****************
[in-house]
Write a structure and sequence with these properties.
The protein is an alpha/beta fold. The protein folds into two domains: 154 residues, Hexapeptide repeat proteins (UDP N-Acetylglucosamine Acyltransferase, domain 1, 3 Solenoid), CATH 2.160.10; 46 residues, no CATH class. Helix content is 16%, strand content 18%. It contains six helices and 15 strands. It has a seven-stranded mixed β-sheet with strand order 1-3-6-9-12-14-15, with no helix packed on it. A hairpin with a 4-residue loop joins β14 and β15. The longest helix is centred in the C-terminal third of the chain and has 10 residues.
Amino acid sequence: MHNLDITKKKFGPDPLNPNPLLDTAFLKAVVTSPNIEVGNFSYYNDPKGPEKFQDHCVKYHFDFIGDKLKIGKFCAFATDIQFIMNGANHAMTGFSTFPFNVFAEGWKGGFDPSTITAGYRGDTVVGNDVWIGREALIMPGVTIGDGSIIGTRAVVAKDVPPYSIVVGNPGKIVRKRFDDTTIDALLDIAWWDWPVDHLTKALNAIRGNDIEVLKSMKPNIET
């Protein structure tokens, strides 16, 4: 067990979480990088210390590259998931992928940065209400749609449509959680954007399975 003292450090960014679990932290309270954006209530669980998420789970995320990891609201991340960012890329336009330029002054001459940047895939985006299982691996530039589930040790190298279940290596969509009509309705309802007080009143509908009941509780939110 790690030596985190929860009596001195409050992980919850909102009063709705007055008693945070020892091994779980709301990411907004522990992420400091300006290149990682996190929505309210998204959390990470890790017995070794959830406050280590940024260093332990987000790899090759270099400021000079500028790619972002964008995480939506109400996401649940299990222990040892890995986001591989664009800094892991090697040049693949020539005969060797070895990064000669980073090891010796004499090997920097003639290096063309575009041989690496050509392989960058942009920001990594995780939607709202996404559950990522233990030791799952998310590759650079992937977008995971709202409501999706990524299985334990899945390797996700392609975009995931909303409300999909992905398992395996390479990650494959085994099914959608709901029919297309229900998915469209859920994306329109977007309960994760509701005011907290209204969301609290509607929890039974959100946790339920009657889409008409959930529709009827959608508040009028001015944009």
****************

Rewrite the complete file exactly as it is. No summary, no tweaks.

[in-house]
Write a structure and sequence with these properties.
The protein is an alpha/beta fold. The protein folds into two domains: 154 residues, Hexapeptide repeat proteins (UDP N-Acetylglucosamine Acyltransferase, domain 1, 3 Solenoid), CATH 2.160.10; 46 residues, no CATH class. Helix content is 16%, strand content 18%. It contains six helices and 15 strands. It has a seven-stranded mixed β-sheet with strand order 1-3-6-9-12-14-15, with no helix packed on it. A hairpin with a 4-residue loop joins β14 and β15. The longest helix is centred in the C-terminal third of the chain and has 10 residues.
Amino acid sequence: MHNLDITKKKFGPDPLNPNPLLDTAFLKAVVTSPNIEVGNFSYYNDPKGPEKFQDHCVKYHFDFIGDKLKIGKFCAFATDIQFIMNGANHAMTGFSTFPFNVFAEGWKGGFDPSTITAGYRGDTVVGNDVWIGREALIMPGVTIGDGSIIGTRAVVAKDVPPYSIVVGNPGKIVRKRFDDTTIDALLDIAWWDWPVDHLTKALNAIRGNDIEVLKSMKPNIET
């Protein structure tokens, strides 16, 4: 067990979480990088210390590259998931992928940065209400749609449509959680954007399975 003292450090960014679990932290309270954006209530669980998420789970995320990891609201991340960012890329336009330029002054001459940047895939985006299982691996530039589930040790190298279940290596969509009509309705309802007080009143509908009941509780939110 790690030596985190929860009596001195409050992980919850909102009063709705007055008693945070020892091994779980709301990411907004522990992420400091300006290149990682996190929505309210998204959390990470890790017995070794959830406050280590940024260093332990987000790899090759270099400021000079500028790619972002964008995480939506109400996401649940299990222990040892890995986001591989664009800094892991090697040049693949020539005969060797070895990064000669980073090891010796004499090997920097003639290096063309575009041989690496050509392989960058942009920001990594995780939607709202996404559950990522233990030791799952998310590759650079992937977008995971709202409501999706990524299985334990899945390797996700392609975009995931909303409300999909992905398992395996390479990650494959085994099914959608709901029919297309229900998915469209859920994306329109977007309960994760509701005011907290209204969301609290509607929890039974959100946790339920009657889409008409959930529709009827959608508040009028001015944009």